The first category is priority debts that can be discharged in Chapter 13 but not in Chapter 7 (i.e., debts for certain taxes). As priority debts, these must be paid in full through a Chapter 13 plan under §1322(a)(2). Although such debts bear interest under non-bankruptcy law, §1322(a)(2) does not require that such interest be paid through the plan, since the section does not refer to interest and does not call for payment of present value -- in fact, Bruning and §502 provide that a claim for post-petition interest on unsecured debt is not allowable against a bankruptcy estate, so an objection to a priority tax claim that included post-petition interest must be sustained as to interest. Under Chapter 7, priority tax debts are non-dischargeable and they therefore remain payable by the bankruptcy debtor post-discharge to any extent that they have not been paid by the Chapter 7 estate -- since post-petition interest on priority tax debts does not constitute an allowable claim, it cannot be paid by a Chapter 7 estate and Bruning holds that such unpaid interest remains owing by the bankruptcy debtor post-discharge. The situation is different in Chapter 13, however, because §1328 provides that priority tax debts are dischargeable -- thus, although post-petition interest on priority tax debts does accrue, if it is not paid through the plan (as it need not be under §1322(a)(2), §502, and Bruning), the bankruptcy debtor is discharged of liability for unpaid post-petition interest.

The second category is priority debts that cannot be discharged in Chapter 13 (i.e., debts for support). Just as with priority tax debts, these priority debts must be paid in full through a Chapter 13 plan under §1322(a)(2). Just as with priority tax debts, support debts bear interest under non-bankruptcy law but §1322(a)(2) does not require that such interest be paid through the plan and a claim for post-petition interest on unsecured debt is not allowable against a bankruptcy estate under §502 and Bruning. Unlike priority tax debts, however, support debts are not dischargeable in Chapter 13 -- therefore, any part of the debt that is not paid during the term of the plan and remains outstanding post-discharge (e.g., post-petition interest) is not rendered unenforceable against the bankruptcy debtor by virtue of the Chapter 13 discharge.

The third category is non-priority debts that cannot be discharged in Chapter 13 (i.e., debts for student loans, certain assigned debts for support, debts for injury caused by driving while intoxicated, and debts based on criminal restitution and fines). Because these debts are not entitled to priority, they need not be paid in full under §1322(a)(2); further, post-petition interest on unsecured debts does not constitute an allowable claim against the estate under §502 and Bruning. Because such debts are non-dischargeable, any part of them that is not paid during the term of the plan and remains outstanding post-discharge (e.g., post-petition interest and any unpaid principal) is not rendered unenforceable against the bankruptcy debtor by virtue of the Chapter 13 discharge.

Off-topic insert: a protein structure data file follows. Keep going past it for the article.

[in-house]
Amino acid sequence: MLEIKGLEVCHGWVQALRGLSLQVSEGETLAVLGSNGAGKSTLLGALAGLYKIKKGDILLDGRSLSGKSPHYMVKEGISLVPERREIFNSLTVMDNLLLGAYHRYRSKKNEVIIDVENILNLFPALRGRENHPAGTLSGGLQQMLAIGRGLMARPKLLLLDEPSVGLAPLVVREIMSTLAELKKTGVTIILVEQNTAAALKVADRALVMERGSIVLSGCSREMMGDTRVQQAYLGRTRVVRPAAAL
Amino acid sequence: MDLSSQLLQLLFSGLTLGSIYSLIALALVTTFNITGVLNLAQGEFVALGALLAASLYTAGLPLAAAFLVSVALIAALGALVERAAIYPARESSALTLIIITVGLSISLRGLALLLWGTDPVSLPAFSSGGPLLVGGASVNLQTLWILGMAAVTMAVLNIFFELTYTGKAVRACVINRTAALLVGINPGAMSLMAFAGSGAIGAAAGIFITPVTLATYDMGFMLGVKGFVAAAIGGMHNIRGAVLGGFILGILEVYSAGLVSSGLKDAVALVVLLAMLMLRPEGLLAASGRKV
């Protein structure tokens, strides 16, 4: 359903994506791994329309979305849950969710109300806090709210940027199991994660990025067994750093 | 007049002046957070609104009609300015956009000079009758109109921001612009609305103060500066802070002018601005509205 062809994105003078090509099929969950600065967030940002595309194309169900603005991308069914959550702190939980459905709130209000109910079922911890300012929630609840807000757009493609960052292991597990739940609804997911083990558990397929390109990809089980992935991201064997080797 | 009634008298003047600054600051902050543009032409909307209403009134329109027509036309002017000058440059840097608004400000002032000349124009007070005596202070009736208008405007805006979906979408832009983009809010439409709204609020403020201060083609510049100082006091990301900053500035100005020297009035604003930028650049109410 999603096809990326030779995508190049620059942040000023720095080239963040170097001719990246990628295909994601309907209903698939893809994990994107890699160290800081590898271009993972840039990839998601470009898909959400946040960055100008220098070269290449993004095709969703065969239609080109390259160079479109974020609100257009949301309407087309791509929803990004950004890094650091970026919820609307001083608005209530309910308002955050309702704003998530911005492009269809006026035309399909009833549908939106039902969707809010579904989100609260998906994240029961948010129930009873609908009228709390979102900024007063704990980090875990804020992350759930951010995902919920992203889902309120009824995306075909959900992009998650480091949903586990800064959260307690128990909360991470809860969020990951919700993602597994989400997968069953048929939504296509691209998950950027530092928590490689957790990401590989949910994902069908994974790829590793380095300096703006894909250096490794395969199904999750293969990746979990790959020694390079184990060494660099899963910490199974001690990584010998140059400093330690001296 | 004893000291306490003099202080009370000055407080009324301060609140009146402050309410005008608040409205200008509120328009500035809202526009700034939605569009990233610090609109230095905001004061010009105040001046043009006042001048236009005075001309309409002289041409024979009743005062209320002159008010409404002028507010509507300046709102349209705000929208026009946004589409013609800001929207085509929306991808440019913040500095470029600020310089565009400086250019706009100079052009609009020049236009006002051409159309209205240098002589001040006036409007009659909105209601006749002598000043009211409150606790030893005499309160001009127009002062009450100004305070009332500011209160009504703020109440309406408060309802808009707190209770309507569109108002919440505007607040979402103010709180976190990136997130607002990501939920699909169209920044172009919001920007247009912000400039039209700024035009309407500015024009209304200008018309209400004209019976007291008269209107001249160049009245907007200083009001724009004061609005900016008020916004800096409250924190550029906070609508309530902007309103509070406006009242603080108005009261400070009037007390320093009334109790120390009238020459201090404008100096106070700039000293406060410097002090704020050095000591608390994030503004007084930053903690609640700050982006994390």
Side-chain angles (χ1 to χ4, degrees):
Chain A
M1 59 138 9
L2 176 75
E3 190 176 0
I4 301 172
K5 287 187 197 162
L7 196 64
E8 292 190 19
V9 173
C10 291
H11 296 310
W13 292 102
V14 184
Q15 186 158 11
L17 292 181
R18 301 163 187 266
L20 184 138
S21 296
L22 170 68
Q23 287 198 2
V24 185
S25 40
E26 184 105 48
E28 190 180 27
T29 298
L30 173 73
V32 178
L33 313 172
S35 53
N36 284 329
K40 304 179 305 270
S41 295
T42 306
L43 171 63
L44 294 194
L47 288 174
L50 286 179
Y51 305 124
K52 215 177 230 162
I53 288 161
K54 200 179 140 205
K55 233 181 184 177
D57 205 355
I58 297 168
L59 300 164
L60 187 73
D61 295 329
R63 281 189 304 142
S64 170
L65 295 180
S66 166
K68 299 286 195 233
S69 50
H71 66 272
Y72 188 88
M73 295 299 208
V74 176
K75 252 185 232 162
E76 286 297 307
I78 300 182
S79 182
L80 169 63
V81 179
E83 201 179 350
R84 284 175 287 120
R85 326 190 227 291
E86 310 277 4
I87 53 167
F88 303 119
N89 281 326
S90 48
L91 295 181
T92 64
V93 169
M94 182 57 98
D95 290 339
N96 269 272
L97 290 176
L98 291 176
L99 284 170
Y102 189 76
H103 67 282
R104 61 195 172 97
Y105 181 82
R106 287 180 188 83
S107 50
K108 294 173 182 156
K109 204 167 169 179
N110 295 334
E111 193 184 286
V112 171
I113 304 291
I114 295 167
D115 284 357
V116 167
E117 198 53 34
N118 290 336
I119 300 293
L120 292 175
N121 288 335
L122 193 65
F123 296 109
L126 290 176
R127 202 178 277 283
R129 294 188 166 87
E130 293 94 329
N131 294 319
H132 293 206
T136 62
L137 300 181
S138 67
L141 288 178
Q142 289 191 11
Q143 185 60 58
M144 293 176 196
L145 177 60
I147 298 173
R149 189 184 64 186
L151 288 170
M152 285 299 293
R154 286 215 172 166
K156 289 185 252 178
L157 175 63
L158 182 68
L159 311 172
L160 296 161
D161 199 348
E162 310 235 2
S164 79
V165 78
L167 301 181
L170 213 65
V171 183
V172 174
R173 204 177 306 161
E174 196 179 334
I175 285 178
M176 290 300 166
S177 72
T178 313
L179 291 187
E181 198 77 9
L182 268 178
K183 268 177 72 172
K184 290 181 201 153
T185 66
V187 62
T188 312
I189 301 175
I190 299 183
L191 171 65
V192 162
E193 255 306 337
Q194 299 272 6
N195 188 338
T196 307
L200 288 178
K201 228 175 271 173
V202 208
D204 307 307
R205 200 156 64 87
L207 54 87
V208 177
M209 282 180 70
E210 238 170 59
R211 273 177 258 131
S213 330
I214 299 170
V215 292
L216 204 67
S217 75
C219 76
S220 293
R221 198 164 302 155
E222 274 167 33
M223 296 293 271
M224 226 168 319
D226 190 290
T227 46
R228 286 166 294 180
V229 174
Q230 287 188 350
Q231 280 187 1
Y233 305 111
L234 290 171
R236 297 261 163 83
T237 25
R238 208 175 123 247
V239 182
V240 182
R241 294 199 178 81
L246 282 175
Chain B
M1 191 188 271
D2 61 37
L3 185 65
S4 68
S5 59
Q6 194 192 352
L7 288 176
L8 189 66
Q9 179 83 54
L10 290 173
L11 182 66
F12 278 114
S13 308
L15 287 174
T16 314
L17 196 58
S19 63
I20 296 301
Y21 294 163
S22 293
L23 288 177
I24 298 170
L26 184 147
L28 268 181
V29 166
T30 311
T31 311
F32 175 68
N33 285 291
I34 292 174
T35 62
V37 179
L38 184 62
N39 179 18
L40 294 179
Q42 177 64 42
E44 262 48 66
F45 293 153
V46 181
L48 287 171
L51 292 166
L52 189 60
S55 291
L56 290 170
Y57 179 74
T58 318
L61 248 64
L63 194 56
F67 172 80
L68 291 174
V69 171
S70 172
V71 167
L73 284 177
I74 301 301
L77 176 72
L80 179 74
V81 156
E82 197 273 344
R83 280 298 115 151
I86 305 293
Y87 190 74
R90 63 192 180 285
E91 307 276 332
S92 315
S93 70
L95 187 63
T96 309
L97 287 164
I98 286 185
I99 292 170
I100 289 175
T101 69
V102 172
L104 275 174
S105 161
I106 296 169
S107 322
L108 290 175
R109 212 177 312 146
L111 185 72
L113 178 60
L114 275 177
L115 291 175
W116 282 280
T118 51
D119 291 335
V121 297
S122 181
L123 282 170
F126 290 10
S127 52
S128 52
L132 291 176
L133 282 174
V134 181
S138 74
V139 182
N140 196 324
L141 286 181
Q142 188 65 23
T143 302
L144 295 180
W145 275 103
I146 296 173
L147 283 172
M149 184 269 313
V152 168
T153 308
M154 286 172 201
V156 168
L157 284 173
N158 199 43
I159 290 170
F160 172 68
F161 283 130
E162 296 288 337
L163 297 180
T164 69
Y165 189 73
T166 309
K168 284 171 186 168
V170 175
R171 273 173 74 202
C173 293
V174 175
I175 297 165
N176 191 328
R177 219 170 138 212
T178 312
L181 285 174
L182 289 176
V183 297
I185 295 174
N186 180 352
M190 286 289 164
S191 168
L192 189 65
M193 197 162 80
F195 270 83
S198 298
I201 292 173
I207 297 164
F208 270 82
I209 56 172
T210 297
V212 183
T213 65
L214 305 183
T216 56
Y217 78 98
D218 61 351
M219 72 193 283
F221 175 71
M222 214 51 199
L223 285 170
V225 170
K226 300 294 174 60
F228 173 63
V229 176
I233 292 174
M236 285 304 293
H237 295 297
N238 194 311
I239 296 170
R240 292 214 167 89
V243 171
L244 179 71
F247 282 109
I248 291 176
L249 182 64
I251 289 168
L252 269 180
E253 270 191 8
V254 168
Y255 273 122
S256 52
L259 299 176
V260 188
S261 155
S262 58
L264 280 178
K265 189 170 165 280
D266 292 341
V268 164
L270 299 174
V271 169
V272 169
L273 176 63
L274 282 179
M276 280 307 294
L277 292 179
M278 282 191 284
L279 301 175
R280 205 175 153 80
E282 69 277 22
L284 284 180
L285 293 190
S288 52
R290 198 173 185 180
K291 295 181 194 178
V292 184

Judge Klein's analysis is logical and persuasive. It is based upon the unassailable premise that a debt entitled by non-bankruptcy law to bear interest continues to accrue interest until such time as it is either paid or discharged in bankruptcy. If an interest-bearing debt remains partially unpaid and is never discharged in bankruptcy (e.g., statutorily non-dischargeable debts such as taxes in Chapter 7 cases and student loans in all bankruptcy cases, and any debt in a dismissed Chapter 13 case), then any outstanding part of it remains owing. In order for a Chapter 13 debtor to be relieved of any part of a debt -- whether it be a part consisting of post-petition interest or a part consisting of something else -- it is necessary that the debt be dischargeable in the first place. Debts for taxes are discharge- able in Chapter 13, but debts for support are not -- Debtors cite no authority that does not involve dischargeable tax debts, and the rationale of such cases does not apply to the liability of post-discharge Chapter 13 debtors for unpaid parts of non-dischargeable support debts.

The nub of the matter is that interest at contractual rates under nonbankruptcy law continues to accrue postpetition on all unsecured debt because, even though unmatured interest is not "allowed" by virtue of § 502(b)(9) and cannot be paid by a bankruptcy trustee, the statutory disallowance does not erase the nonbankruptcy obligation to pay interest. Rather, it is the bankruptcy discharge that eliminates the obligation. If the debt is not discharged (which can occur for a host of reasons ranging from denial of discharge to dismissal of case), then the obligation remains. Pardee, at 927.

Debtors argue that it is unfair to permit bankruptcy estates to avoid paying post-petition interest while leaving bankruptcy debtors exposed to non-dischargeable debts for such liabilities that were not paid by their estates. That is a strong policy argument, but the United States Supreme Court decreed such a result in Bruning 35 years ago and Congress has yet to alter the situation. Further, Chapter 13 debtors are not necessarily powerless to solve the problem. For example, a Chapter 13 debtor could propose a plan calling for payment of post-petition interest as it accrued on a support debt and, if there were no objection and the plan met the confirmation requirements of §1325 (i.e., compliance with Chapter 13 and Title 11, good faith, feasibility, and paying unsecured creditors as much as they would receive in Chapter 7), the plan would be confirmable. Or, a debtor's budget might provide for direct payment of post-petition interest on a pre-petition support debt being paid through the plan and, in the absence of objection, a plan meeting the confirmation requirements of §1325 would be confirmable. Or, a debtor might file a claim on behalf of a support creditor as permitted under Rule 3004 of the Federal Rules of Bankruptcy Procedure and seek post-petition interest; if neither the debtor nor any other party in interest objected, the claim would be deemed allowed as filed pursuant to §502(a). In any event, perceived unfairness of the statutory scheme is not a basis upon which this Court can refuse to apply the statute and Debtors have cited no applicable or persuasive authority in support of such a result.

CONCLUSION

For the reasons set forth above, County's objections to confirmation of the Chapter 13 plans in each of these cases are sustained.

Counsel for creditor shall submit a form of order in each case so providing, after review by counsel by Debtors.

Dated: October 14, 1999 ______________________________ ARTHUR S. WEISSBRODT United States Bankruptcy Judge 1 Except as otherwise noted, all statutory references are to Title 11, United States Code (11 U.S.C., the Bankruptcy Code), as amended in October 1994. 2 As discussed above, portions of the support debts in these cases may not be entitled to priority status, but the Debtors are treating the debts in their respective cases as if the debts were entitled to priority. 3 Even if there were an objection, §1322(b)(1) permits unsecured creditors to be classified separately from each other so long as there is no unfair discrimination against any class. Given the public policy favoring support creditors and the unique nature of such debts, separate classification might be warranted under the circumstances of a particular case. CANB DocumentsNorthern District of California